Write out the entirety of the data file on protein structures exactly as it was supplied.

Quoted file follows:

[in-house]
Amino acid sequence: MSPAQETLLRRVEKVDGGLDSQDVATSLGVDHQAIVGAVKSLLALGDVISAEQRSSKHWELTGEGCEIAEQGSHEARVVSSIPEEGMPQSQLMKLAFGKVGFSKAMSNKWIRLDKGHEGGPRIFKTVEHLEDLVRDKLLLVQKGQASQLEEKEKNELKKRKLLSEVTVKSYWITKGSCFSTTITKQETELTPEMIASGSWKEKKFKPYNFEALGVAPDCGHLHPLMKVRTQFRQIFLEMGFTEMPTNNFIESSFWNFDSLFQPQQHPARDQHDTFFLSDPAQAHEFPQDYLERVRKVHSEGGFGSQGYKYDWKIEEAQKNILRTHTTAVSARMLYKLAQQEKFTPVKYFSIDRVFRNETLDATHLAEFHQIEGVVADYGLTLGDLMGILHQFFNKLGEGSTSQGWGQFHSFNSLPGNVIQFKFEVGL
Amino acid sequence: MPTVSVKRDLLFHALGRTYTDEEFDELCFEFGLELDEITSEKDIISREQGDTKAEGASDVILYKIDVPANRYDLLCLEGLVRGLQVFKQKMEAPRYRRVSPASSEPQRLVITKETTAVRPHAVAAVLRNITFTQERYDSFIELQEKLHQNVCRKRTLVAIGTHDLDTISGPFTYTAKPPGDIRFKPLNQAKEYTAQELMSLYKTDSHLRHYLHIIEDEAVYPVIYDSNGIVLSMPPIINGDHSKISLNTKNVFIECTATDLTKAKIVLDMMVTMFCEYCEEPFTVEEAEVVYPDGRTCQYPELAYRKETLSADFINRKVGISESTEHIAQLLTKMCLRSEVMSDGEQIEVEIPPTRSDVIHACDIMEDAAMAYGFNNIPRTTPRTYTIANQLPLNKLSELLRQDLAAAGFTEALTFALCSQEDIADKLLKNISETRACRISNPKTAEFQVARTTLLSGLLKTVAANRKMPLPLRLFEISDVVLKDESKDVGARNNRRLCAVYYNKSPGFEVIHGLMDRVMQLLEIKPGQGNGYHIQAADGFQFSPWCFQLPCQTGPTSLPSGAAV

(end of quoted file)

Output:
[in-house]
Amino acid sequence: MSPAQETLLRRVEKVDGGLDSQDVATSLGVDHQAIVGAVKSLLALGDVISAEQRSSKHWELTGEGCEIAEQGSHEARVVSSIPEEGMPQSQLMKLAFGKVGFSKAMSNKWIRLDKGHEGGPRIFKTVEHLEDLVRDKLLLVQKGQASQLEEKEKNELKKRKLLSEVTVKSYWITKGSCFSTTITKQETELTPEMIASGSWKEKKFKPYNFEALGVAPDCGHLHPLMKVRTQFRQIFLEMGFTEMPTNNFIESSFWNFDSLFQPQQHPARDQHDTFFLSDPAQAHEFPQDYLERVRKVHSEGGFGSQGYKYDWKIEEAQKNILRTHTTAVSARMLYKLAQQEKFTPVKYFSIDRVFRNETLDATHLAEFHQIEGVVADYGLTLGDLMGILHQFFNKLGEGSTSQGWGQFHSFNSLPGNVIQFKFEVGL
Amino acid sequence: MPTVSVKRDLLFHALGRTYTDEEFDELCFEFGLELDEITSEKDIISREQGDTKAEGASDVILYKIDVPANRYDLLCLEGLVRGLQVFKQKMEAPRYRRVSPASSEPQRLVITKETTAVRPHAVAAVLRNITFTQERYDSFIELQEKLHQNVCRKRTLVAIGTHDLDTISGPFTYTAKPPGDIRFKPLNQAKEYTAQELMSLYKTDSHLRHYLHIIEDEAVYPVIYDSNGIVLSMPPIINGDHSKISLNTKNVFIECTATDLTKAKIVLDMMVTMFCEYCEEPFTVEEAEVVYPDGRTCQYPELAYRKETLSADFINRKVGISESTEHIAQLLTKMCLRSEVMSDGEQIEVEIPPTRSDVIHACDIMEDAAMAYGFNNIPRTTPRTYTIANQLPLNKLSELLRQDLAAAGFTEALTFALCSQEDIADKLLKNISETRACRISNPKTAEFQVARTTLLSGLLKTVAANRKMPLPLRLFEISDVVLKDESKDVGARNNRRLCAVYYNKSPGFEVIHGLMDRVMQLLEIKPGQGNGYHIQAADGFQFSPWCFQLPCQTGPTSLPSGAAV